Location: Kern County, California
Name is believed to have been in use for this area by circa 1890 and it was certainly given for the color of the clay pigment found here-yet there is no record of it being applied to the peak before 1903.
The area achieved its greatest notoriety when John Kelly, a local lawman, sent two of his friends, Hampton Williams and Jack Nosser, to investigate whether the red clay could be commercially exploited-he planned to market it as a cosmetic. Instead they found horn silver (1919). They called their operation "The Kelly" which became one of the country's most fabulous mines. It produced about twenty million dollars worth of ore (1920-47). A wide-open mining town (first named after pioneer miners Barney and Pete Osdick), sprang up by the western base of the peak. Osdick was mostly known for its lively "red light" district. Later when local citizens sought to live down their reputation, they thought it sufficient to change the town's name to "Red Mountain" (1929).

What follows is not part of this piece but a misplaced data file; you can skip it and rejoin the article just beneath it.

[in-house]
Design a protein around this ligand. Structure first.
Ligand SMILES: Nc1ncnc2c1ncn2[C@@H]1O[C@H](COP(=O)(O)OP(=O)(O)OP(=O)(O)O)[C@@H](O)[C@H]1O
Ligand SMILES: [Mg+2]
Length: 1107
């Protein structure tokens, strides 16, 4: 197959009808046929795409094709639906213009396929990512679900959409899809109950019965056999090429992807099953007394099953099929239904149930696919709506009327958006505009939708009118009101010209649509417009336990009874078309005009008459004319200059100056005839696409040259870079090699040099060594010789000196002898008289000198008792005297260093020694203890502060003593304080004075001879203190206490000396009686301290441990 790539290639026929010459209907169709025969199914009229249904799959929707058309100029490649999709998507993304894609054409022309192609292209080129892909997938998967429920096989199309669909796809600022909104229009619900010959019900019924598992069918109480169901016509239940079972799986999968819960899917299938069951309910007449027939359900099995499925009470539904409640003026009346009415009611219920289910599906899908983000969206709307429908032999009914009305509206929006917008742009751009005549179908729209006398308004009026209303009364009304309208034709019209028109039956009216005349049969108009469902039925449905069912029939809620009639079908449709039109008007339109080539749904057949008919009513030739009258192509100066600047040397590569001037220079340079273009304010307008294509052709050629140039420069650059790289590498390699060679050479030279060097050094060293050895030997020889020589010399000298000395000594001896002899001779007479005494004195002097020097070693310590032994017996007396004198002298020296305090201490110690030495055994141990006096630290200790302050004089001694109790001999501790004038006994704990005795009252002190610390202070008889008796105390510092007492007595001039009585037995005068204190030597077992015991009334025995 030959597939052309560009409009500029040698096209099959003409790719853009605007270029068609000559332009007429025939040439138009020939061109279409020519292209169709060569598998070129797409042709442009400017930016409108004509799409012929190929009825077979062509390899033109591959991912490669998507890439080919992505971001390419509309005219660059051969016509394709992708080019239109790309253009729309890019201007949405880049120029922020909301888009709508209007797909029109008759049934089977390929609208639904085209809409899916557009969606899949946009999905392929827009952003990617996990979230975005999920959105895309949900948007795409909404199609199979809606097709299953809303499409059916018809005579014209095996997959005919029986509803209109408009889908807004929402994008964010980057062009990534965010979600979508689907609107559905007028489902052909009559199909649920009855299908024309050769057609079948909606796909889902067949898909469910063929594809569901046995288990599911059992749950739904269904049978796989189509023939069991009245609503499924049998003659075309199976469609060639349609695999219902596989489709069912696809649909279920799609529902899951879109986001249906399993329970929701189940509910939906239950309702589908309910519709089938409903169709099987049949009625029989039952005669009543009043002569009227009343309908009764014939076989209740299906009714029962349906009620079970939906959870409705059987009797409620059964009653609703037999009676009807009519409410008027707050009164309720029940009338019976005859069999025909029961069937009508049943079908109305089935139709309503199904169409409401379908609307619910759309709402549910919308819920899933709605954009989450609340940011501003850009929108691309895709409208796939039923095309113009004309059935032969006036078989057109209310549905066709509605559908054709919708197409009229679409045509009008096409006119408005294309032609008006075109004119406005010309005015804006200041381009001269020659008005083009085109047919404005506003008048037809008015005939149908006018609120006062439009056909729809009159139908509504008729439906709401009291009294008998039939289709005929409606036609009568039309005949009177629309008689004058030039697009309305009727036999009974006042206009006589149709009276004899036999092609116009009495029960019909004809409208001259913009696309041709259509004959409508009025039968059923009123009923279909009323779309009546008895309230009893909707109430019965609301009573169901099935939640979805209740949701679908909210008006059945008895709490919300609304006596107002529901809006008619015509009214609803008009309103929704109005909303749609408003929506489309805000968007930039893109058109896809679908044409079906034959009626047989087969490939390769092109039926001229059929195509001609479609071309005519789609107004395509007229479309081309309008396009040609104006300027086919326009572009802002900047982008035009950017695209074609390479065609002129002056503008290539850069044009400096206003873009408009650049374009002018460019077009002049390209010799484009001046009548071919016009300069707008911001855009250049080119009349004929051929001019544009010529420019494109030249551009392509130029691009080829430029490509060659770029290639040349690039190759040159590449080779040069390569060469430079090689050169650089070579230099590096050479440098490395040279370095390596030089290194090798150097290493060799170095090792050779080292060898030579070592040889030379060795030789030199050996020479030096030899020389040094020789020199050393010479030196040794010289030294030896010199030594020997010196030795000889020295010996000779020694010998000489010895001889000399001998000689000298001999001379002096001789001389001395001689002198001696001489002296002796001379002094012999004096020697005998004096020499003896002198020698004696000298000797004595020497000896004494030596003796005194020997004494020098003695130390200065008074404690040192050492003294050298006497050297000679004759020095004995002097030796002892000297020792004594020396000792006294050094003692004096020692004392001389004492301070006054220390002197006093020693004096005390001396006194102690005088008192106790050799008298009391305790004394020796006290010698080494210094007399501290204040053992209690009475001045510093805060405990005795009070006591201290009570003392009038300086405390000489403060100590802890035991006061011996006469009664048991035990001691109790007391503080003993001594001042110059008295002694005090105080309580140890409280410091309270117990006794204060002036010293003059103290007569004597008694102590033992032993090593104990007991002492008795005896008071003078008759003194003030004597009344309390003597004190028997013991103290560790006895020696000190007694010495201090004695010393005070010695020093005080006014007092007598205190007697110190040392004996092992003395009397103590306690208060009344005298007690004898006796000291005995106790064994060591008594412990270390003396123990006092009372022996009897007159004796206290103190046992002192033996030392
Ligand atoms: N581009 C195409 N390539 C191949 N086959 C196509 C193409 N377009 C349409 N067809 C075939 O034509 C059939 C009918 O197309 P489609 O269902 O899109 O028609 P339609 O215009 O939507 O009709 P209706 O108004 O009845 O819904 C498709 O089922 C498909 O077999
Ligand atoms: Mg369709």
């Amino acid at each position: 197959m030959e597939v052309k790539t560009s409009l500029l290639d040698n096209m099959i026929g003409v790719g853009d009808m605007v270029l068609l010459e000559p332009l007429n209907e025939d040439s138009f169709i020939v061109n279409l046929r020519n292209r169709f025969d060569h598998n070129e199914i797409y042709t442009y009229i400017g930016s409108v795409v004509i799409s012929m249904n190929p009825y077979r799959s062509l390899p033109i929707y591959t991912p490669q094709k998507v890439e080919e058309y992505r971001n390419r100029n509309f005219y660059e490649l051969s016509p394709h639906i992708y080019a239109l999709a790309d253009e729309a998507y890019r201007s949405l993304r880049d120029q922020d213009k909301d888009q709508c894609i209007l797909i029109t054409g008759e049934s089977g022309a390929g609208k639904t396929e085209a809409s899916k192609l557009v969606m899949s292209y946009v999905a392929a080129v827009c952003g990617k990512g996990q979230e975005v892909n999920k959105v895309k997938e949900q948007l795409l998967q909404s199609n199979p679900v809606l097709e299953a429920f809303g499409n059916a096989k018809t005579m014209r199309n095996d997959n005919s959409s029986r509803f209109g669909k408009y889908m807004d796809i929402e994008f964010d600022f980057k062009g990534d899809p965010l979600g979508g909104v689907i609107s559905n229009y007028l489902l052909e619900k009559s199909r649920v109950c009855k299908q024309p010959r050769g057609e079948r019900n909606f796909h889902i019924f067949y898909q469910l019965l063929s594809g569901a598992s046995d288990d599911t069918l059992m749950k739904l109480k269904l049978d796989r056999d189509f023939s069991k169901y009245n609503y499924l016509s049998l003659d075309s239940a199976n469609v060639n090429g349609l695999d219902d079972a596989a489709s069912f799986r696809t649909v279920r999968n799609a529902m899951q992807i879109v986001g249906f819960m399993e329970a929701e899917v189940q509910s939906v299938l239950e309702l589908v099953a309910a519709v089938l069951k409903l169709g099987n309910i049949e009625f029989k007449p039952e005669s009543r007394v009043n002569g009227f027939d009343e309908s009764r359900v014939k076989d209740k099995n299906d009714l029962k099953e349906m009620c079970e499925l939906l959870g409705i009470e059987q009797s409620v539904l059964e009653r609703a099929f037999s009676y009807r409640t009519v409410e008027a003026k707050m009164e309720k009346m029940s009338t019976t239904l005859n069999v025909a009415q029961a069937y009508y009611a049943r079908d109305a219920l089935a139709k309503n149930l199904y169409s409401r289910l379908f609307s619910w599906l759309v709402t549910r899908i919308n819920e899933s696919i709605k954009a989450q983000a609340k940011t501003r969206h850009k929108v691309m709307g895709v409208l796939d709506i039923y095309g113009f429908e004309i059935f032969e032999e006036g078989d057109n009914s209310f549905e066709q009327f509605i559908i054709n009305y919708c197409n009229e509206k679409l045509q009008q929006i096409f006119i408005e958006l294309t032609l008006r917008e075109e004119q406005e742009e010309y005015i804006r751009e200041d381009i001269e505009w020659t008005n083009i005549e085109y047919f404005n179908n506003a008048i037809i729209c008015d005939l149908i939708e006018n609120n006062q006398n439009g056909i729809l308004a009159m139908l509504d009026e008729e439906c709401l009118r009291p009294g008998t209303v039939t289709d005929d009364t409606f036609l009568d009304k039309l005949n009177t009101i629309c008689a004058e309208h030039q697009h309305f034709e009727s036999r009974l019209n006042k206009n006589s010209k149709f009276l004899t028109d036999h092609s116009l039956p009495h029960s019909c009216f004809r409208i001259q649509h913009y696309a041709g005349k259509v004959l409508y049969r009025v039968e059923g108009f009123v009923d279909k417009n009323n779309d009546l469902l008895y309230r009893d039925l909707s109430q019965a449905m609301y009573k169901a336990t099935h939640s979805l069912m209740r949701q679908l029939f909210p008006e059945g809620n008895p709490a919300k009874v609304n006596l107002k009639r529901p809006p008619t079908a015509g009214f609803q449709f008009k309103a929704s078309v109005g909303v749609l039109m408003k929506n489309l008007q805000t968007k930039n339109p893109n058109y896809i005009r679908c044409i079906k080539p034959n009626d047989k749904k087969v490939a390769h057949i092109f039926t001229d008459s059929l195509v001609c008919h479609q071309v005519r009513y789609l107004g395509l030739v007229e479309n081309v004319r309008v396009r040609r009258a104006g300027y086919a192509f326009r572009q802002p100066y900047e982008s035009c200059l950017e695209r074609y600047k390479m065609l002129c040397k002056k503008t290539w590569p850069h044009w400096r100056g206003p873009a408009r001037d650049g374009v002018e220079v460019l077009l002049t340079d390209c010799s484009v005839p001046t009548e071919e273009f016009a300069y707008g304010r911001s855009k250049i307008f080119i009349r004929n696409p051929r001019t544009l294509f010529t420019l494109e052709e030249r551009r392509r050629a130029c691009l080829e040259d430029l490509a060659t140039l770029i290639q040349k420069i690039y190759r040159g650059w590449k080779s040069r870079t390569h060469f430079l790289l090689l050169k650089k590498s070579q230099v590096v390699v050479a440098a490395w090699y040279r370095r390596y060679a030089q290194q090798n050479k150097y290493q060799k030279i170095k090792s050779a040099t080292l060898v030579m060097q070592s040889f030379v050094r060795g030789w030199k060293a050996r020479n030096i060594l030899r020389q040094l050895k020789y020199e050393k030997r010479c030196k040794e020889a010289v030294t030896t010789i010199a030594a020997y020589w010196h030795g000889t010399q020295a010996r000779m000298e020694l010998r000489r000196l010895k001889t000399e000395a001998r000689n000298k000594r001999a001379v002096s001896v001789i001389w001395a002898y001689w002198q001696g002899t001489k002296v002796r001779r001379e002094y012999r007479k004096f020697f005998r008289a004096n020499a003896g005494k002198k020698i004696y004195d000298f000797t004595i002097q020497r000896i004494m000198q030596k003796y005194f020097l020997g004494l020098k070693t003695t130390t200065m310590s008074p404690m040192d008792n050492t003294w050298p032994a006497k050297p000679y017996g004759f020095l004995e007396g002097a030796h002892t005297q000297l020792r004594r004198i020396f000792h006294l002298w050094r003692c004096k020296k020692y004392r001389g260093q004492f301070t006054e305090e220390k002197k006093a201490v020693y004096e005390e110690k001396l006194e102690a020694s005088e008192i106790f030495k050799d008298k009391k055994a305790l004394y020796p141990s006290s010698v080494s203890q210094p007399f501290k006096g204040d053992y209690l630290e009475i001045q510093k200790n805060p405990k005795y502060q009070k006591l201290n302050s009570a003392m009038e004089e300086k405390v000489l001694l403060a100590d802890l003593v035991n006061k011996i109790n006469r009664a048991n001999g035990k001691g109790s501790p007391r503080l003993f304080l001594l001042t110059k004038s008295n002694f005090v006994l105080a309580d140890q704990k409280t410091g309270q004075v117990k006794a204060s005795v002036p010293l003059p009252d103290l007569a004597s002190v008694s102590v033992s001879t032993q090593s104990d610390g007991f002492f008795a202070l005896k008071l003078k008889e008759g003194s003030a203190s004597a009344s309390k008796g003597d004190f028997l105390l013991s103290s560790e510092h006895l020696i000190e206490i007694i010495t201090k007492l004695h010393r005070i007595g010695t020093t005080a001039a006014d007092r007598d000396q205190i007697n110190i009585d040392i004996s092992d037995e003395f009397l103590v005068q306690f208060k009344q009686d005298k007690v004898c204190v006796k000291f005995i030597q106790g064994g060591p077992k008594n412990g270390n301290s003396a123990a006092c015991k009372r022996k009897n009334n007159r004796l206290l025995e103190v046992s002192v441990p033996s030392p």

Today, this area is still part of the now drowsy Rand Mining District.
Name first appears on USGS Southern California Sheet #2 (1903)
Peak was added to the HPS Peak List in 1977.